I'm not sitting in front of my TV with slide rule and notebook, counting elements. I prefer to watch performances as a whole. I can only recommend to watch these programs again, without all that stuff in your head, enjoy Boitano, Kulik, Yagudin etc. and the way these guys transfer themselves on the ice, and then take a look on Lysacek again. If you don't see, don't "feel" the difference, I can't help you.

Well, we all know L. is diligent. But there are certain things in skating that cannot be learnt or worked-out. Either you have "it", or not. :cold:

blue_idealist
04-20-2011, 03:31 PM
That's your opinion, and you still haven't done as I asked and explained your rationale for your rankings.

Personally, I'd have it this way:

Boitano 1988 vs. Lysacek 2010: Jumps and presentation for Boitano, but spins and footwork for Lysacek. SP and LP combined: overall, probably Boitano if we're using 6.0, but not by much. If we're using CoP, it might be Lysacek.

Kulik 1998 vs. Lysacek 2010: Lysacek's SP was clearly better. Kulik had a 3A+3T combo and a 3Z, but his third jump was only a 2A, whereas Lysacek's jumps were 3A, 3Z+3T, and 3F. Lysacek's spins and footwork were much harder, and I'd give him the nod on the second mark too. In the LP, Kulik had a 4T, 3A+3T, and 3A, whereas Lysacek had a (shaky) 3A+2T and a 3A, but Kulik failed to execute his only other planned combination, a 3S+3T, which he turned into 3S, steps, 3T, while Lysacek also did a 3Z+3T and a 3F+2T+2R. Lysacek's LP spins, footwork, and jump entrances were much more difficult than Kulik's. The second mark, if judged under 6.0 could go either way, but under CoP would have to go to Lysacek. SP and LP combined: Lysacek. A 4T and better 3A technique aren't everything.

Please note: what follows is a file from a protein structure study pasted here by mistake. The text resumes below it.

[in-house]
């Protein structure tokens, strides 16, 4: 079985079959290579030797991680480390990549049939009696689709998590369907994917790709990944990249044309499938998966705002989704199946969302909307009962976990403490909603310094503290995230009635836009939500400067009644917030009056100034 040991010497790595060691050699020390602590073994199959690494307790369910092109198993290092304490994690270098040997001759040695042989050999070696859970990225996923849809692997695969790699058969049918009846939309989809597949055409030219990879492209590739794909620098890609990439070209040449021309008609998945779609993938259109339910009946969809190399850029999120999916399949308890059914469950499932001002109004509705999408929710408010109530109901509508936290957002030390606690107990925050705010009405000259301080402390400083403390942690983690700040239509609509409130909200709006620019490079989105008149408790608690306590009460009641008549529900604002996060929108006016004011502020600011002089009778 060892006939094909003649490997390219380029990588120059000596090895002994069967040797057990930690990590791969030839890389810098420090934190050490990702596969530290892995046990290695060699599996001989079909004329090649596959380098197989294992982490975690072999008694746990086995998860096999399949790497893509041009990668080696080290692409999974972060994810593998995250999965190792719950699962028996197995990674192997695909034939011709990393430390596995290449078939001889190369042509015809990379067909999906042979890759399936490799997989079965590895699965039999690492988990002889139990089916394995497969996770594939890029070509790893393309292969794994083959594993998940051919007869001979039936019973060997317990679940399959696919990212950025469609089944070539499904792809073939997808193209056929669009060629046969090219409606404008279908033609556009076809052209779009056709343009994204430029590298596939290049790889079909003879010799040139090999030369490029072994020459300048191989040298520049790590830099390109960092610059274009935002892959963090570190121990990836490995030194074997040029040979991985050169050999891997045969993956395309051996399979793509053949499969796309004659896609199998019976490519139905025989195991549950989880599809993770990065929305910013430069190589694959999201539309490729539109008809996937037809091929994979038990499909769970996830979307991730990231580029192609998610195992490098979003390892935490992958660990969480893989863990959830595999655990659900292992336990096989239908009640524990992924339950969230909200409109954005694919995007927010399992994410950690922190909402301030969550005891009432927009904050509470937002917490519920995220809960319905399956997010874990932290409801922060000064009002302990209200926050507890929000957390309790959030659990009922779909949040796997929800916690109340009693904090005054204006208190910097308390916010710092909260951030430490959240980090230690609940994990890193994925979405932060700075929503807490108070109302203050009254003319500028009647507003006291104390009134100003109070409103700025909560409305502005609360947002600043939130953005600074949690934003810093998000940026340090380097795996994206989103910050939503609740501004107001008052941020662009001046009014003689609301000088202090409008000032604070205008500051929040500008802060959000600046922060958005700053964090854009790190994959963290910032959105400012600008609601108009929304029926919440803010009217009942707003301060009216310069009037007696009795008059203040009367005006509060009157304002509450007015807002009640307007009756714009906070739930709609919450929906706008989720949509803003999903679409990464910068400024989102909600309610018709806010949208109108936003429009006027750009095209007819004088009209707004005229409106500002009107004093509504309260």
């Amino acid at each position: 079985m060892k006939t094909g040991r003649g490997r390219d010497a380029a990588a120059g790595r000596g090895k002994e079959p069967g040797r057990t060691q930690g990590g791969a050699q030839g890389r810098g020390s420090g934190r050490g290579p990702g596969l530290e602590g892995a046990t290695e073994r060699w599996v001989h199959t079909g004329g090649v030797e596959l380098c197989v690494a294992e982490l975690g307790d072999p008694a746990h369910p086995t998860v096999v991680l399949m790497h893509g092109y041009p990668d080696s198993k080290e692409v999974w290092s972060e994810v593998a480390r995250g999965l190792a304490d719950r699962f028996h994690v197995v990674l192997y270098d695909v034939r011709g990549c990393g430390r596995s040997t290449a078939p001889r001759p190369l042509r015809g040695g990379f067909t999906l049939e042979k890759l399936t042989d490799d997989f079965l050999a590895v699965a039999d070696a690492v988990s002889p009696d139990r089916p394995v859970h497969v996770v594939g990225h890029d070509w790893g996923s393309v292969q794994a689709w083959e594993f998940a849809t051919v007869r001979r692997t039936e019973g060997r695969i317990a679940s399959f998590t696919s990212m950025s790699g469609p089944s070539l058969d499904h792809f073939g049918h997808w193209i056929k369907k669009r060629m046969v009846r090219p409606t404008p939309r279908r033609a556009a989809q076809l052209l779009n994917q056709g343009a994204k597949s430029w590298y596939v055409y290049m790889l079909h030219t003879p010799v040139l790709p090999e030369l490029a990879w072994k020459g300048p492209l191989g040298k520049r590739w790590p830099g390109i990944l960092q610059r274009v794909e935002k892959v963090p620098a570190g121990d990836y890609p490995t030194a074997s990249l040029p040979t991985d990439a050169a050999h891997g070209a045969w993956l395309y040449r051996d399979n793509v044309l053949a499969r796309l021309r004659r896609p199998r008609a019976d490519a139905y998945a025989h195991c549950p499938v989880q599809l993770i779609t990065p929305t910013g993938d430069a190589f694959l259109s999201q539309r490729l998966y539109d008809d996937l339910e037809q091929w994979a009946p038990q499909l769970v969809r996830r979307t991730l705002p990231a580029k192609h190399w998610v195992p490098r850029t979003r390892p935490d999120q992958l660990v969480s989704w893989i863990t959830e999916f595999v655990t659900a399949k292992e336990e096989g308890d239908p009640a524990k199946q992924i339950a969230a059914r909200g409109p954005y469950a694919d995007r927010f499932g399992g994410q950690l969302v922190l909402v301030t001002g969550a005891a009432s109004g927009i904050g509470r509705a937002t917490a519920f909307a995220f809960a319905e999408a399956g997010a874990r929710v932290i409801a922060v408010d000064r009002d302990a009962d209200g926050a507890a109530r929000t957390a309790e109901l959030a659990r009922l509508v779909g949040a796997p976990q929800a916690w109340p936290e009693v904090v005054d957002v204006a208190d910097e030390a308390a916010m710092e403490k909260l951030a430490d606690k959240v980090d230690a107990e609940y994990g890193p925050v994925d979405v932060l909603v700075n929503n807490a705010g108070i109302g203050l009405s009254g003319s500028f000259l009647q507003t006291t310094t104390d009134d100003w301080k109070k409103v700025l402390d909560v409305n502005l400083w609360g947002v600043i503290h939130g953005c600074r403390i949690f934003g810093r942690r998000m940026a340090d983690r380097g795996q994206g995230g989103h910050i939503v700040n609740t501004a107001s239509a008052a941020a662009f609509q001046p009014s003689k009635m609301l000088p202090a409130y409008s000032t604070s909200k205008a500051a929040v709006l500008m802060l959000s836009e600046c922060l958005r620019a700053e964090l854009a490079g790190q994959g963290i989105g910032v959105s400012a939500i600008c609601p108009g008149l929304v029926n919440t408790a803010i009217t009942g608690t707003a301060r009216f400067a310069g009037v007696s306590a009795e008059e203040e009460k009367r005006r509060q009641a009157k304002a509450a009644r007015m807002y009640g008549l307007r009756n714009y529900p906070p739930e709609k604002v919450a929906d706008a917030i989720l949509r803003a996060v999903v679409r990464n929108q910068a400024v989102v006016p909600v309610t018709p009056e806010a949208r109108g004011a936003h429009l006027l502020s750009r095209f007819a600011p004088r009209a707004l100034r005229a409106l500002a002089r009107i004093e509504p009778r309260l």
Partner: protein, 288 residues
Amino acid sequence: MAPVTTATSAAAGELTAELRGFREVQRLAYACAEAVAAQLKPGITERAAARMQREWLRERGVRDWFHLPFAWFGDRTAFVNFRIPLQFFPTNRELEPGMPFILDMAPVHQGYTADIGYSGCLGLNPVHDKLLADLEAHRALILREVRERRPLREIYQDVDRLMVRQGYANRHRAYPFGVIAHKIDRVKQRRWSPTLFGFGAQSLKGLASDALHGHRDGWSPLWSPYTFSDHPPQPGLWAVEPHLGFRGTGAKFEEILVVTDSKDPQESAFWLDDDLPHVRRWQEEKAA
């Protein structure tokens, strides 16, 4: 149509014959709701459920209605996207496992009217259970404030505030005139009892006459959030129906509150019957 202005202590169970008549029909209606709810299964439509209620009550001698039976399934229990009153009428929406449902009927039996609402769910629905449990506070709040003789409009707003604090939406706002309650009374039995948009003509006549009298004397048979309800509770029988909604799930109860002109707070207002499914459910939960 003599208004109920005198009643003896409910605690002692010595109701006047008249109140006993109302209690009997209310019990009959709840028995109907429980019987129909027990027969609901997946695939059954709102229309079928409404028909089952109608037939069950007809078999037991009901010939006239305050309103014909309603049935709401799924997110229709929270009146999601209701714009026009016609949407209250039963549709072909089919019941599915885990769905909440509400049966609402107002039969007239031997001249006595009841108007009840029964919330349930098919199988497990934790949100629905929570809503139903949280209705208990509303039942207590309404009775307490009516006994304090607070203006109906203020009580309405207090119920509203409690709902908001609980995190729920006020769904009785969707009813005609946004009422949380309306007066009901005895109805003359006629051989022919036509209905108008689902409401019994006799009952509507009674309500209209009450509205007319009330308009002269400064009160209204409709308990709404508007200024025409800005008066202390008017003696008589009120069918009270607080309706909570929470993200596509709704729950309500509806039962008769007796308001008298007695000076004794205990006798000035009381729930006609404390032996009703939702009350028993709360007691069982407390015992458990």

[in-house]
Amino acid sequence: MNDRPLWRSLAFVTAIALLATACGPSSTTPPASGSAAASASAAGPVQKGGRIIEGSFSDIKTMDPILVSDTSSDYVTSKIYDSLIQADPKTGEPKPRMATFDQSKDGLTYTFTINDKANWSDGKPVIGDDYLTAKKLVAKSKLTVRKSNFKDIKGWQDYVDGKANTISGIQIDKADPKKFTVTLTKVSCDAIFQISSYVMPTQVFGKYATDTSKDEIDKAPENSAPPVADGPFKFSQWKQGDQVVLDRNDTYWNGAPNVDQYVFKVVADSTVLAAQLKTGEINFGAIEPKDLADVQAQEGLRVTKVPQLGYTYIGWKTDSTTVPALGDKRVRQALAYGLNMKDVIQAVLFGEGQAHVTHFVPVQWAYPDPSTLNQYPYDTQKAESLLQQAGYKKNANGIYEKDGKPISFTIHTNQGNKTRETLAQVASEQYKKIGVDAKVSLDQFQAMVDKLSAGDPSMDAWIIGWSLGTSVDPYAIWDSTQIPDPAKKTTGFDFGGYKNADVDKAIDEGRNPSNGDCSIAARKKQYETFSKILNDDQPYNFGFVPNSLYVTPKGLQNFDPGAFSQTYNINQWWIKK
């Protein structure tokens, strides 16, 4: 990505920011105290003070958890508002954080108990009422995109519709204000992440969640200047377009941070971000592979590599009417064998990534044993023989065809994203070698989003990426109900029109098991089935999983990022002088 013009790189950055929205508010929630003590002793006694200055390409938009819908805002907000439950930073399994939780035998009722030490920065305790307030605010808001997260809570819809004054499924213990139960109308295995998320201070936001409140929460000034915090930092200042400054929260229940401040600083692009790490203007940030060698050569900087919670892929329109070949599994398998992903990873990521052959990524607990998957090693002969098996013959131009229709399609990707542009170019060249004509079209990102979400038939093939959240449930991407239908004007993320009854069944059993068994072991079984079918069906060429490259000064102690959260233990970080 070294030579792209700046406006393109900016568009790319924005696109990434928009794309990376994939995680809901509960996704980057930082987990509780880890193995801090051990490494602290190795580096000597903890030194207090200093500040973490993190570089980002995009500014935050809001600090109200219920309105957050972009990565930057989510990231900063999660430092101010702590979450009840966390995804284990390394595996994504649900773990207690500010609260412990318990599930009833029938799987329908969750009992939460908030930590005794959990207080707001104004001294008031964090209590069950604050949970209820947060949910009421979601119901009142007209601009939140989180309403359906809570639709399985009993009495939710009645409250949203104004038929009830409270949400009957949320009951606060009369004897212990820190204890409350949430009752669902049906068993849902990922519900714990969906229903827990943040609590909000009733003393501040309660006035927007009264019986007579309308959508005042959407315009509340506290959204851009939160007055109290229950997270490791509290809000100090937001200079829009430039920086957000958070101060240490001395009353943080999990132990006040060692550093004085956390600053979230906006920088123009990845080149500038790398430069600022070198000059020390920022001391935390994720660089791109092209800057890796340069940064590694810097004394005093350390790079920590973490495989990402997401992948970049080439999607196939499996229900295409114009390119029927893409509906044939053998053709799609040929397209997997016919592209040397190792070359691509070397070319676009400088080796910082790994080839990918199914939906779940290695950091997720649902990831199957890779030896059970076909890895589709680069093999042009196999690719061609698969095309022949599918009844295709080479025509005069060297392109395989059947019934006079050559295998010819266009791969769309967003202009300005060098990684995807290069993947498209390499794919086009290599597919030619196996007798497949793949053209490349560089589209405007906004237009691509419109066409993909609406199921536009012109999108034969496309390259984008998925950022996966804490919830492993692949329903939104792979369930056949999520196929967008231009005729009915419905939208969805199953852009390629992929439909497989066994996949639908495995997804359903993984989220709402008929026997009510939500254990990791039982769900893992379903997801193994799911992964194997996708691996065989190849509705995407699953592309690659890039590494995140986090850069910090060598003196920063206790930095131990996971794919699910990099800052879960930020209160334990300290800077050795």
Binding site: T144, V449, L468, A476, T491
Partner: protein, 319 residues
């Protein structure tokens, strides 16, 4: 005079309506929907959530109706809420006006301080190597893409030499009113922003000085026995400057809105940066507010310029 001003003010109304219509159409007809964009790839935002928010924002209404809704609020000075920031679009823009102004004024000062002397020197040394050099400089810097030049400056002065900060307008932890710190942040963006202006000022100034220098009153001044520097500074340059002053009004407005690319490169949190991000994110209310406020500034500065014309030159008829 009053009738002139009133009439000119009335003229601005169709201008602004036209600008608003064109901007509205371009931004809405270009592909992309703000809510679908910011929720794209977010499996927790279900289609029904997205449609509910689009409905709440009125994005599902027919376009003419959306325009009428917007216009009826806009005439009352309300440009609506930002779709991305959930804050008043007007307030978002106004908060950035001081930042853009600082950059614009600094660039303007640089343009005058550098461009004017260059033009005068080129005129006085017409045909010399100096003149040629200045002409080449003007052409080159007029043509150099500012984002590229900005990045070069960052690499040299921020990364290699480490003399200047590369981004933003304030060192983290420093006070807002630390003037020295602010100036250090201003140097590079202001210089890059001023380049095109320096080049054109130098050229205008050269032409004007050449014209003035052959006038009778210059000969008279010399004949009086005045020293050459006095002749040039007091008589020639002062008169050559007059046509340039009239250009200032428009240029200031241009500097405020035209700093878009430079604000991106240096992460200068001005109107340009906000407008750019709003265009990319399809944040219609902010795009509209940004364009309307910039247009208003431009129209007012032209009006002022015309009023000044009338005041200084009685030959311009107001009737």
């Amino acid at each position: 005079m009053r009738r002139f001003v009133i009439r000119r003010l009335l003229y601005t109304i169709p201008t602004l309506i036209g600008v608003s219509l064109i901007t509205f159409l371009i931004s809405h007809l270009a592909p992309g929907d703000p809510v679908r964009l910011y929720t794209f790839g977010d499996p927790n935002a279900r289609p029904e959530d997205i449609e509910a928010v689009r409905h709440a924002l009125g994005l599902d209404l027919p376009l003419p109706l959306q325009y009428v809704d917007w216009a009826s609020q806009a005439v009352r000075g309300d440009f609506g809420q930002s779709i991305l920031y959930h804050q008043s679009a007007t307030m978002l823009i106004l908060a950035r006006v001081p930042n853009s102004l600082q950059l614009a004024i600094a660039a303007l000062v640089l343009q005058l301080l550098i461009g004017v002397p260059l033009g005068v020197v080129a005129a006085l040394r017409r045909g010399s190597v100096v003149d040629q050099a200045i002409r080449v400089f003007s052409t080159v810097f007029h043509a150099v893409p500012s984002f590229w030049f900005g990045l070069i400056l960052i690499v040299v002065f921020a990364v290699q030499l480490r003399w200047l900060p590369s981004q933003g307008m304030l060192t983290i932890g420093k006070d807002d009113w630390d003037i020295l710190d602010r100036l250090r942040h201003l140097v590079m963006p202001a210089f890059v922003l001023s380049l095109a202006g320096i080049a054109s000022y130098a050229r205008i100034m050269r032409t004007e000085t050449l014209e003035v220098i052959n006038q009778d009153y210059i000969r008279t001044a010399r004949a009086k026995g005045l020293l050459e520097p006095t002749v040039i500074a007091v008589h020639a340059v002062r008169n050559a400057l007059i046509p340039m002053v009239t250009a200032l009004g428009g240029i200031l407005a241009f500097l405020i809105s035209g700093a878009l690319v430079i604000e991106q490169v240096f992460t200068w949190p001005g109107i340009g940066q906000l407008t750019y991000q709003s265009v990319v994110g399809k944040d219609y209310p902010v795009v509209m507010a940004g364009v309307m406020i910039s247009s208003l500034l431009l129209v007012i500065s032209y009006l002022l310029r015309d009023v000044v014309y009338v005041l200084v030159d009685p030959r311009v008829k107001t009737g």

Podium 2002 vs. Lysacek 2010: Salt Lake City was the apotheosis of 6.0 skating. I'd give this matchup to Yagudin, Plushenko, and Goebel, but I'm not sure how well they would hold up if they were judged under the exacting standards of CoP as it existed in 2010.



Exactly.

Vagabond
04-20-2011, 04:04 PM
That's not fair. The 2A was a REQUIRED ELEMENT in the SP back then, even for men. Ilia HAD to do the 2A or he'd have been walloped. You can bet your bottom dollar that if he was allowed to do another triple he would have.

Also, the second mark? At least Ilia has expression and lines!

I know it's not fair, misskarne, but Fandango's original proposition of comparing Lysacek to skaters as far back as Boitano isn't fair. Boitano had to do figures. Lysacek had to do high-level CoP-style spins and footwork, CoP jump entrances, and CoP transitions (at least in order to be competitive). Kulik and Yagudin had to do quadruple jumps.